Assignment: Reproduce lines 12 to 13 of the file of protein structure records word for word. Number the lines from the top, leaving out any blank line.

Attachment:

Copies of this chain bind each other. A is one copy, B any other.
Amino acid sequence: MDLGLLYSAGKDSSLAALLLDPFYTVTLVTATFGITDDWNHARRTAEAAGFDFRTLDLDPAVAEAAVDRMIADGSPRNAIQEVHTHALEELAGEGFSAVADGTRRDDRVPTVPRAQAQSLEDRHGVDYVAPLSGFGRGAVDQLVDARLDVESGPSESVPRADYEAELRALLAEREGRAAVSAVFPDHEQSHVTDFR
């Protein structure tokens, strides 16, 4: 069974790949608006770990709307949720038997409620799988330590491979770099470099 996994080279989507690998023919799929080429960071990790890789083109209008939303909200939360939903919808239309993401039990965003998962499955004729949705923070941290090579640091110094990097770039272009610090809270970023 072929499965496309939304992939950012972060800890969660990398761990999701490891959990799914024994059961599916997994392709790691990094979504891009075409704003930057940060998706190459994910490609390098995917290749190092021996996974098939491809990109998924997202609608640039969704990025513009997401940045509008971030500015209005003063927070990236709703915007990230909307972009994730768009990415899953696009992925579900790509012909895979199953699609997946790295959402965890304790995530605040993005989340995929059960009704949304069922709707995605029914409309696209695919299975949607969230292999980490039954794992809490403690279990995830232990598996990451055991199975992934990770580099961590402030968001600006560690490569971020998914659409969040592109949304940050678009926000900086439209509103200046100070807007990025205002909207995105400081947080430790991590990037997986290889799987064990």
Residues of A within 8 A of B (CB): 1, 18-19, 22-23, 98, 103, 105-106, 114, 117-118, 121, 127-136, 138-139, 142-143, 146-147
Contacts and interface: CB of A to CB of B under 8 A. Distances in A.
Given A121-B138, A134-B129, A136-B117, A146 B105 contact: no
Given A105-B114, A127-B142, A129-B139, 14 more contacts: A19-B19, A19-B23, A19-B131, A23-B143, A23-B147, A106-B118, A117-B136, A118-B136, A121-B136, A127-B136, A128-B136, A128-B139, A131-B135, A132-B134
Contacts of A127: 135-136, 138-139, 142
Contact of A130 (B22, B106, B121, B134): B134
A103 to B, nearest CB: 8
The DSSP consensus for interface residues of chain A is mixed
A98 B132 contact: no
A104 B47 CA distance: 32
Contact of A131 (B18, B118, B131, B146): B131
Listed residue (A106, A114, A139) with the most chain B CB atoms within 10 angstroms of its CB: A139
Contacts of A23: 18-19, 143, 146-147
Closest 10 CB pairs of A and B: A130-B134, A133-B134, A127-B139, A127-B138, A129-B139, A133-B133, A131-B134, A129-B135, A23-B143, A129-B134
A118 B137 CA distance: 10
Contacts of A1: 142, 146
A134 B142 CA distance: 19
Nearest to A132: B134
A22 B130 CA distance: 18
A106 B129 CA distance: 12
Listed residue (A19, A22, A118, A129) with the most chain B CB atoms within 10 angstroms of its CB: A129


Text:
A98 B132 contact: no
A104 B47 CA distance: 32